Second, a large subsidy outgo during the quarter also caused the total output to fall as GDP is calculated by adding the net indirect taxes (NIT= indirect taxes minus subsidies) to Gross Value Added (GVA). This will reverse in the coming quarter.

Third, private investment emerged out of contraction and moved to positive territory in this quarter, even though it remained weak.

Most importantly, details indicate that a massive growth in imports brought the GDP down. Net exports (exports minus imports) shaved off as high as 2.6% from the headline GDP number. Imports have grown at about 30% on average in the first six months of this year, compared to 8% in the last three months of 2016. This increase in imports was across the board. It is indeed puzzling that while growth has slowed to a three-year low, imports (including manufactured products) have increased to push the current account deficit to a four-year high of 2.4% of GDP.

Of course, the appreciating rupee and problems with GST might have contributed to slowing exports. But can the import surge so dramatically in an economy with low domestic demand? According to a JP Morgan report, this occurred due to disruption in the domestic manufacturing supply chain, particularly in the SME sector, due to demonetisation. This caused lower domestic production, which was plugged by higher imports.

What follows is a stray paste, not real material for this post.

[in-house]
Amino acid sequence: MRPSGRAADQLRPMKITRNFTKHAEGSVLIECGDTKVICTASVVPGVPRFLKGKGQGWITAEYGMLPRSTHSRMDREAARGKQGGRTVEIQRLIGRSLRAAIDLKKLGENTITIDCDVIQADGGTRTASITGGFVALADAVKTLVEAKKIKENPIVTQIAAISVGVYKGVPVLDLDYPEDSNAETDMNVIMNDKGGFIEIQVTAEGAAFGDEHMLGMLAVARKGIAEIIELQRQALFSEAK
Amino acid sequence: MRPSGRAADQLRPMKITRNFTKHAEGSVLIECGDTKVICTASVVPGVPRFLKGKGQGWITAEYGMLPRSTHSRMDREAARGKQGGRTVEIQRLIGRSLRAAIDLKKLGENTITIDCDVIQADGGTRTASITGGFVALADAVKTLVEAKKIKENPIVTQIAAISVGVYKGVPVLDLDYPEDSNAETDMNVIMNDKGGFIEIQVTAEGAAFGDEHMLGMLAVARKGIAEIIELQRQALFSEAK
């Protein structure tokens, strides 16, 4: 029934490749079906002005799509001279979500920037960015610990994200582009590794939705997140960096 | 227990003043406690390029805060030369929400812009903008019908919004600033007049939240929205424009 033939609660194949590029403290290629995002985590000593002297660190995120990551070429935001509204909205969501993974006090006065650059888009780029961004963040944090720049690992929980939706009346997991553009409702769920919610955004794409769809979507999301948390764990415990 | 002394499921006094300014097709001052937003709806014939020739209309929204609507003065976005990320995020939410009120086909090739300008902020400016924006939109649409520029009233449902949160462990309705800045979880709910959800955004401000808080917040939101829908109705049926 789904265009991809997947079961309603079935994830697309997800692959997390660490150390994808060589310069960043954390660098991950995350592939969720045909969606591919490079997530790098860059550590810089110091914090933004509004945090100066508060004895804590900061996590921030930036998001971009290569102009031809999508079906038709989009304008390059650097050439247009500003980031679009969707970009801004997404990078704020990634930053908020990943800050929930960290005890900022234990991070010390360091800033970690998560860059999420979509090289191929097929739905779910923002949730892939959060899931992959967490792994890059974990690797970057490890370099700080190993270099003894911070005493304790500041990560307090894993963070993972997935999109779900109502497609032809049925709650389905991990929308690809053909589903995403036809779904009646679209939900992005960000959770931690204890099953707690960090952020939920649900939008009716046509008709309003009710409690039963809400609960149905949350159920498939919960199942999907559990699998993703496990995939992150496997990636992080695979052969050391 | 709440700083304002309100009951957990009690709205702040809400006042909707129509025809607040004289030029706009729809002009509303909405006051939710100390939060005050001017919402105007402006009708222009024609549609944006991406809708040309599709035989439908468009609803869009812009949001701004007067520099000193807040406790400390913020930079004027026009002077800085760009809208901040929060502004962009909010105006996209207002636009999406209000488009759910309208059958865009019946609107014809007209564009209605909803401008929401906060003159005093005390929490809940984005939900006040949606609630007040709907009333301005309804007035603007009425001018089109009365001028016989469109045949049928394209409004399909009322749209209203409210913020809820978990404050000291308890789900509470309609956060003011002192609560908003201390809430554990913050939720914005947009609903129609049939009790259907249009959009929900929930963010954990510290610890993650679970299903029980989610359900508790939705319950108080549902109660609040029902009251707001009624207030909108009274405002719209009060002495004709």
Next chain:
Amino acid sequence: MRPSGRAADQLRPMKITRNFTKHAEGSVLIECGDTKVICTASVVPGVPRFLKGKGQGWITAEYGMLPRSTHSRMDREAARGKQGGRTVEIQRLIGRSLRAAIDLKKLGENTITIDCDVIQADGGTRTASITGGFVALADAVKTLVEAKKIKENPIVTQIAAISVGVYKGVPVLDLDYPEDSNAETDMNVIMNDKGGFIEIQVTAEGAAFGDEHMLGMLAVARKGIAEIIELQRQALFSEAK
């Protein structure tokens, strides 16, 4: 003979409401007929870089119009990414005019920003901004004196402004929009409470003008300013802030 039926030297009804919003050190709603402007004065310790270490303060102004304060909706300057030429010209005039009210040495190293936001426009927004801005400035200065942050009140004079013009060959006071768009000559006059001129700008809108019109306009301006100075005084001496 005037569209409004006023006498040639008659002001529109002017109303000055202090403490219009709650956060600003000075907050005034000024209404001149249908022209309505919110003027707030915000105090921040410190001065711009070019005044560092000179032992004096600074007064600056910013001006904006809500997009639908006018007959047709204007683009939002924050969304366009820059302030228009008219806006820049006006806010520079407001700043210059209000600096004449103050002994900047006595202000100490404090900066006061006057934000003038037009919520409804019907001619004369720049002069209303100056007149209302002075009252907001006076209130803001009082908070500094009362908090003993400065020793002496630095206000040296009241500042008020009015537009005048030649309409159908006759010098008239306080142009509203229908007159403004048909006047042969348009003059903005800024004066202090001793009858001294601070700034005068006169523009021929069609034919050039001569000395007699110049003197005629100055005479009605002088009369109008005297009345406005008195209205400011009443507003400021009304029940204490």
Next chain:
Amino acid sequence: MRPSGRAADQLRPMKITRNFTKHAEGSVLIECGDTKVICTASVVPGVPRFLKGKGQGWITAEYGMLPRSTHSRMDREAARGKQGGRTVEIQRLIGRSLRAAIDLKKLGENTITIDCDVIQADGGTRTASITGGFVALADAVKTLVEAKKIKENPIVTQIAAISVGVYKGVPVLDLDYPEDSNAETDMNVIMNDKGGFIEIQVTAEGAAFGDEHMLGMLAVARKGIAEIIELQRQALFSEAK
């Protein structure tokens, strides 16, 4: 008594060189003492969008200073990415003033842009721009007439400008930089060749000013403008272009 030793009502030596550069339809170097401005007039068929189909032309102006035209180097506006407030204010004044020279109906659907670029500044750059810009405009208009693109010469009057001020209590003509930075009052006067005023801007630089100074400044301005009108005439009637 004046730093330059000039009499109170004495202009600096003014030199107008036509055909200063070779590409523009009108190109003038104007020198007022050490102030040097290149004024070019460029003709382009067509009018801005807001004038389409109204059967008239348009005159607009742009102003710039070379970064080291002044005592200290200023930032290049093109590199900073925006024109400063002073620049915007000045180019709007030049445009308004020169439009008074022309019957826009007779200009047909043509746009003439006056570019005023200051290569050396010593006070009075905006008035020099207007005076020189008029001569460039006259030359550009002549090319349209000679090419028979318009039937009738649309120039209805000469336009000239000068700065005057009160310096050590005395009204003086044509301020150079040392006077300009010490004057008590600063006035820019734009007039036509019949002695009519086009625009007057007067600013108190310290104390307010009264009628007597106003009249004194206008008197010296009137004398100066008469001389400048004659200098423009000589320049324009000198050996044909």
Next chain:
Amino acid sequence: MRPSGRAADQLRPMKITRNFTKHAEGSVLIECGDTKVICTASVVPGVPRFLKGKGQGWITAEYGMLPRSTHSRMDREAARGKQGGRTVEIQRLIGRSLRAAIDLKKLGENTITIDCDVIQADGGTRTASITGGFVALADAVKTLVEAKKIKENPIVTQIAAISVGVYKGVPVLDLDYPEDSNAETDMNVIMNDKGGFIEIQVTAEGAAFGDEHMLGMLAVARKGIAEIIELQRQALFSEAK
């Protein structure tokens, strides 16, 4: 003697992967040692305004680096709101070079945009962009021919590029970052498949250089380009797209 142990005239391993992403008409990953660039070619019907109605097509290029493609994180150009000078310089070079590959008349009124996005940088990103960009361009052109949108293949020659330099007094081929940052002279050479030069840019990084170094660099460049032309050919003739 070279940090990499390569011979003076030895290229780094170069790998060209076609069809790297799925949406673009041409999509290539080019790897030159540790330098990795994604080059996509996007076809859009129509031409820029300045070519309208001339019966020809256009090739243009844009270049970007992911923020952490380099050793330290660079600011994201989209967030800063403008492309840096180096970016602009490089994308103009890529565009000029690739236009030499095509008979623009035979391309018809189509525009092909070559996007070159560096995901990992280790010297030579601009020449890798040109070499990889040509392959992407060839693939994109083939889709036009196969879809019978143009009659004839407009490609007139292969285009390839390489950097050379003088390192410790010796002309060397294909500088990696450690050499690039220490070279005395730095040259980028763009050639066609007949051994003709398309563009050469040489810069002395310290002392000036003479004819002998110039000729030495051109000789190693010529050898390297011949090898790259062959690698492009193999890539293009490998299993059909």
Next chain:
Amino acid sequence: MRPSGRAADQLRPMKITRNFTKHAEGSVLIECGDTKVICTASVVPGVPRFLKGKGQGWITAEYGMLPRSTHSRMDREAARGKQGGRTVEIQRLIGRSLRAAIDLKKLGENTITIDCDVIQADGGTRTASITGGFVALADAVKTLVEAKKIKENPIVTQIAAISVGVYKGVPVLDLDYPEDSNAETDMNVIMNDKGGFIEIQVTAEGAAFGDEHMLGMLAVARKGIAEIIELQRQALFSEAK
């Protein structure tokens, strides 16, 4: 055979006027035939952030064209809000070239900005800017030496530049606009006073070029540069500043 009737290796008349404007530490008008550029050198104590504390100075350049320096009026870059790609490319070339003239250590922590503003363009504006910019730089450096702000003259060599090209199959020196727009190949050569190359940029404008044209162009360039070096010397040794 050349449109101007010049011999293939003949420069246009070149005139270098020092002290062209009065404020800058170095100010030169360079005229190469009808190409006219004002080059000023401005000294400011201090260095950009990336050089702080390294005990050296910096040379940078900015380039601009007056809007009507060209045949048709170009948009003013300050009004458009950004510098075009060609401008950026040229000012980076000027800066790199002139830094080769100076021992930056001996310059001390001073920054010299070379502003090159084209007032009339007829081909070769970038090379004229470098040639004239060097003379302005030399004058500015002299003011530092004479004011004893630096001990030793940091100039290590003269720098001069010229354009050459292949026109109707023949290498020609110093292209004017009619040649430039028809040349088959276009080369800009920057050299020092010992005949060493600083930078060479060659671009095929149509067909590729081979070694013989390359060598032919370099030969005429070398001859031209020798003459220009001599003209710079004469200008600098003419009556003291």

Recovery underway

Some of the reasons for slower growth, like GST-related de-stocking, supply disruptions and higher subsidies are expected to reverse in the coming quarters, but the drivers of growth remain weak. Though it is difficult to comment on the trend based on just one month’s data, the recent high-frequency numbers are encouraging. After a couple of months of disappointing numbers due to GST-led disruption, industrial production recovered to 4.3% in August.

Sales of cars, two-wheelers and commercial vehicles jumped in September, indicating improvement in both consumption and economic activity. Even exports growth increased while imports slowed in September. The GDP growth can be expected to pick up going forward.

Any knee-jerk reaction to give a fiscal stimulus to increase consumption can be unfortunate at this point. There is little space for expenditure in the budget in the second half of this year. However, the economy cannot afford a big fiscal squeeze, either. Moreover, we cannot have diverging fiscal and monetary policies at the same time.

The government should increase investment spending in infrastructure, including low-cost housing projects. The construction sector has the potential to have a multiplier effect on various segments. There is a need to handhold the SME sector, which was hit hard by demonetisation, to move to the formal economy.

These will help generate jobs that are of significant importance. Recapitalising the banks and resolving the stressed assets problem is essential for growth.

The economy has been slowing since the oil bounty began to roll off, even before demonetisation. The structural reforms further increased disruption. The discussion about the economy now feels like the ‘Blind men and the elephant’. The elephant has neither stopped moving nor is it dancing, it is just moving slowly.

via Moving, but slowly